Among smaller cities, this is true of Miami, where women account for 20.03% of partners; attorneys of color, many of whom are Hispanic, account for 20.78% of partners. Some cities rank high on specific measures. For example, cities with relatively high percentages of women partners include: Denver, Ft. Lauderdale/W. Palm Beach, San Diego, and Seattle - all of whom report at least 19% women partners. Austin and San Jose have relatively high percentages of partners of color.
Offices in Los Angeles, Miami, San Francisco, and the San Jose area rank highest on representation of attorneys of color among associates, where representation is one in five or greater. Representation of women among associates is highest in Baltimore, Denver, Indianapolis, Los Angeles, Miami, San Francisco, and Seattle. Conversely, some cities, such as Birmingham, Charlotte, Cleveland, Milwaukee, Richmond, and Wilmington are below average on both measures, and considerably so with respect to associates of color.
Miami's higher representation of attorneys of color is also reflected in figures for summer associates; summer associates of color account for over one-third of those reported in the city. Other cities ranking relatively high on this measure include Denver, Portland, San Francisco, the San Jose area, and Seattle.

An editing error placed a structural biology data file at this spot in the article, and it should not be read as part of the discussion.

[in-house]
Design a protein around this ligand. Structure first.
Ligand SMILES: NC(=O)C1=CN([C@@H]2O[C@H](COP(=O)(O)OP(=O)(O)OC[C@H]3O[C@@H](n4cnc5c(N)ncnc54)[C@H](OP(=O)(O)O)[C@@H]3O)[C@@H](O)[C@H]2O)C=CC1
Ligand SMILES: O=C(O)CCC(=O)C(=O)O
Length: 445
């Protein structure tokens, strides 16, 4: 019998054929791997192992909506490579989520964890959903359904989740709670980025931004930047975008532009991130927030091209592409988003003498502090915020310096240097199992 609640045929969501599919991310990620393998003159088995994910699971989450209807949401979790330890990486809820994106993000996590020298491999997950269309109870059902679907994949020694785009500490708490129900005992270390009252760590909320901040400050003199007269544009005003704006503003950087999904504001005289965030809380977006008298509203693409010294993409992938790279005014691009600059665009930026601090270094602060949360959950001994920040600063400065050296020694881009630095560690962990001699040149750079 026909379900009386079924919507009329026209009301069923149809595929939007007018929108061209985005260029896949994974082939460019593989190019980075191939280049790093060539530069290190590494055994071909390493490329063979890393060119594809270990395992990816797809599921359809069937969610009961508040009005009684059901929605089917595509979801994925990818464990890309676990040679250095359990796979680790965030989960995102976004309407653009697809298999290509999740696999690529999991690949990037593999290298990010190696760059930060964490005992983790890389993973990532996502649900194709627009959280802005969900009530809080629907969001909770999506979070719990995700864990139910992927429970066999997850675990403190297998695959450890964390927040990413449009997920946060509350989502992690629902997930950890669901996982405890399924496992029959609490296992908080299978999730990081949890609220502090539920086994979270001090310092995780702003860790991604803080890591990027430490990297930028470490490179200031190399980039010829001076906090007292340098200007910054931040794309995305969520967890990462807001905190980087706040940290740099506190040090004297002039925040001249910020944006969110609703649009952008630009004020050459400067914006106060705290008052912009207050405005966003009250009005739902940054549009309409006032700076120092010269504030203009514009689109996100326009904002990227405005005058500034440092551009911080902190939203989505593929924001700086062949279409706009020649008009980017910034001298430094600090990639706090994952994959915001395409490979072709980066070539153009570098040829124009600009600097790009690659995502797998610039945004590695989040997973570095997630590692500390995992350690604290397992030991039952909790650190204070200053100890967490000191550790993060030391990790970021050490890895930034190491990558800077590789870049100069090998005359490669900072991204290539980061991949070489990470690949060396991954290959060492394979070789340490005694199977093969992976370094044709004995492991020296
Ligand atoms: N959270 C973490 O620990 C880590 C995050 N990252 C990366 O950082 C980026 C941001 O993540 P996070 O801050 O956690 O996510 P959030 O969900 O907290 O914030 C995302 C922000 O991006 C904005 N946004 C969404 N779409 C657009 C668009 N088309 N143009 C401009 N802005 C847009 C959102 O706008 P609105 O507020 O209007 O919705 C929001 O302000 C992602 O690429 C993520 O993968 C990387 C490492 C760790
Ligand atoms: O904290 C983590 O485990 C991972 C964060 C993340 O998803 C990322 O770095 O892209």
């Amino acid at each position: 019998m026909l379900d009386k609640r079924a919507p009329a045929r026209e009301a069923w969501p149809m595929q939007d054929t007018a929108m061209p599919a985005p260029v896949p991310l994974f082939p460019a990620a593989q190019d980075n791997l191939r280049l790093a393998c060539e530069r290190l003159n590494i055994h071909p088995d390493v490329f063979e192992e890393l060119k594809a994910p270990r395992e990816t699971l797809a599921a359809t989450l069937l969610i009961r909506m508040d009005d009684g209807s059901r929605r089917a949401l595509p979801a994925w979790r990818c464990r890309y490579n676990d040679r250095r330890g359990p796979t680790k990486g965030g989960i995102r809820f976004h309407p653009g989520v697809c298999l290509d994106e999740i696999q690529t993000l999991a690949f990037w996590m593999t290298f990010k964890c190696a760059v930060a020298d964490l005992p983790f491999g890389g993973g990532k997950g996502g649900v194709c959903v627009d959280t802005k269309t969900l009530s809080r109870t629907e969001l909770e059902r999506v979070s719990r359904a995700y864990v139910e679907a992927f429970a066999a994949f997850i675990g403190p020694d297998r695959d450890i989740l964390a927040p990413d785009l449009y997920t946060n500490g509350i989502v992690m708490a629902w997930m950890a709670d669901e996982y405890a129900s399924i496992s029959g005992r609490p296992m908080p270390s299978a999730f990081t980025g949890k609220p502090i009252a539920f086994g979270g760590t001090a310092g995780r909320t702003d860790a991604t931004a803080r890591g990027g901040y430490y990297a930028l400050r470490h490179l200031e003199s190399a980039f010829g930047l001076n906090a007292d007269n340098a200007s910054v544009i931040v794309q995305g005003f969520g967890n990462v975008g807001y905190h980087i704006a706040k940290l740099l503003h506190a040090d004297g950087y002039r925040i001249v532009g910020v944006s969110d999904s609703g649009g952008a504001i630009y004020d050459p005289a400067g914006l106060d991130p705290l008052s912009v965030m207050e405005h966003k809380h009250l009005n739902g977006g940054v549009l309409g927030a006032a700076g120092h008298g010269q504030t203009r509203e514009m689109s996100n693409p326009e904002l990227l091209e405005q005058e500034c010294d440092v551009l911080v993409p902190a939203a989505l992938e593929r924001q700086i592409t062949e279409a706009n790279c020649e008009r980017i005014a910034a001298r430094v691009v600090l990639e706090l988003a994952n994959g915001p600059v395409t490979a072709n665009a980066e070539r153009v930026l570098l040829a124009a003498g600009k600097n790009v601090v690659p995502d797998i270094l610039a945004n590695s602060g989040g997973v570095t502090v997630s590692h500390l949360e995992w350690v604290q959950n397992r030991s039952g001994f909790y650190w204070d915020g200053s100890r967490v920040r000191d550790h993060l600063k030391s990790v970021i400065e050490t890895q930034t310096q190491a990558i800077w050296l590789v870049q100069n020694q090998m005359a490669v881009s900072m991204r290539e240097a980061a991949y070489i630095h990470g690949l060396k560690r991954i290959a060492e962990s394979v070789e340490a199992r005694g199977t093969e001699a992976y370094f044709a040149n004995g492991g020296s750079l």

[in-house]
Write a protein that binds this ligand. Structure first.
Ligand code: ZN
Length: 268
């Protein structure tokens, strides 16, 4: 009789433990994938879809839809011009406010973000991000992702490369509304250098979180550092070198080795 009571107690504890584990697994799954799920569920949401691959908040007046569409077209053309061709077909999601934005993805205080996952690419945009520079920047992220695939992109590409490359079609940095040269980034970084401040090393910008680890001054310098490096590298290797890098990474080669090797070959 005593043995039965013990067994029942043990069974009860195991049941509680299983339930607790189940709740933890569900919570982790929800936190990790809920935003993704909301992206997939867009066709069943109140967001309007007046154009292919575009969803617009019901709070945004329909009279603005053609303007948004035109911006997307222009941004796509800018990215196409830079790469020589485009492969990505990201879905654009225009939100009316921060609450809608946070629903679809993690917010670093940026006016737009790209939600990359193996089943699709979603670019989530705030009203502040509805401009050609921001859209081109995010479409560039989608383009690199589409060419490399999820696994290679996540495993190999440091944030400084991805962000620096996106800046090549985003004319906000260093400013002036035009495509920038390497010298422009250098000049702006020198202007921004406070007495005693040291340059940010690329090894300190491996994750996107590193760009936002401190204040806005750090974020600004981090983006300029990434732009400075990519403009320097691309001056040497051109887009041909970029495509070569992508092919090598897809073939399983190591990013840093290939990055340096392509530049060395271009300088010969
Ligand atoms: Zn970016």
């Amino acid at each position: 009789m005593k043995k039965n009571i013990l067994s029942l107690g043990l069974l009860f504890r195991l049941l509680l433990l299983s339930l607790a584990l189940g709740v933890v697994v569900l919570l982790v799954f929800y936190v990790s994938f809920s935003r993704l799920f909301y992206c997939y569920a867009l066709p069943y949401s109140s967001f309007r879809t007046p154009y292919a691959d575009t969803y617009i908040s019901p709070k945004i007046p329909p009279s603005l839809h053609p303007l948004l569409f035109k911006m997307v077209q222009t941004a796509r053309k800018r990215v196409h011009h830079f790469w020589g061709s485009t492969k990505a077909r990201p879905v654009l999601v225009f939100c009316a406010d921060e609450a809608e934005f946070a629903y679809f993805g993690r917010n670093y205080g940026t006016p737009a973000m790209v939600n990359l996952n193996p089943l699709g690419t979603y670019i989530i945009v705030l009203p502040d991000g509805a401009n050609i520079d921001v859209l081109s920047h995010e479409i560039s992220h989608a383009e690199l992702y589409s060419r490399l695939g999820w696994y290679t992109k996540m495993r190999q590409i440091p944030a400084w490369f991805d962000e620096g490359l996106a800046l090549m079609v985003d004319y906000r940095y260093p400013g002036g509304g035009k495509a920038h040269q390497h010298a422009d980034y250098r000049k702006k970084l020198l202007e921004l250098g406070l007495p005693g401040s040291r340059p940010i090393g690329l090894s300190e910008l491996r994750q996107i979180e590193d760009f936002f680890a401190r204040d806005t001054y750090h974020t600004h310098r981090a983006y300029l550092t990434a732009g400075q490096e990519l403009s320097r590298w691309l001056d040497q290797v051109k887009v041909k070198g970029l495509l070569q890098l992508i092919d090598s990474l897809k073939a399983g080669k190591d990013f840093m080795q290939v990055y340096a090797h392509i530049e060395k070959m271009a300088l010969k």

A similar analysis of 8 states with substantial Directory representation beyond that for specific cities also yields interesting findings. Representation of attorneys of color among partners is highest in California, Florida and Texas, and considerably below average in Kentucky, New Jersey, Michigan, Nevada, and New York. Michigan, Nevada, and New York are also well below average with respect to minority representation among associates. Conversely, Michigan, along with Kentucky, and Texas report the highest percentage of minority summer associates.
Women and Attorneys of Color at Law Firms — 2004
Note: For law firms that repeated firm-wide demographic information for each office listing, demographic information was retained for just one office, usually the "home" office, to avoid double-counting. The associates category includes senior and staff attorneys. Figures include a few offices in Canada, but exclude offices in Europe and Asia. The Kansas City area includes offices in Overland Park, KS. Orange County includes offices in Costa Mesa, Irvine, and Newport Beach. The San Jose area includes offices in Menlo Park, Mountain View, Palo Alto, East Palo Alto, San Jose, and Sunnyvale. The Seattle area includes offices in Bellevue and Kirkland. The Detroit area includes offices in Bloomfield Hills, Bingham Farms, and Southfield. The Newark area includes offices in West Orange, and Roseland. State figures exclude cities reported separately.
|Addtional Info:||About NALP: Founded in 1971 as the National Association for Law Placement, Inc.,® NALP — The Association for Legal Career Professionals — is dedicated to facilitating legal career counseling and planning, recruitment and retention, and the professional development of law students and lawyers. To contact NALP, call 202-835-1001.|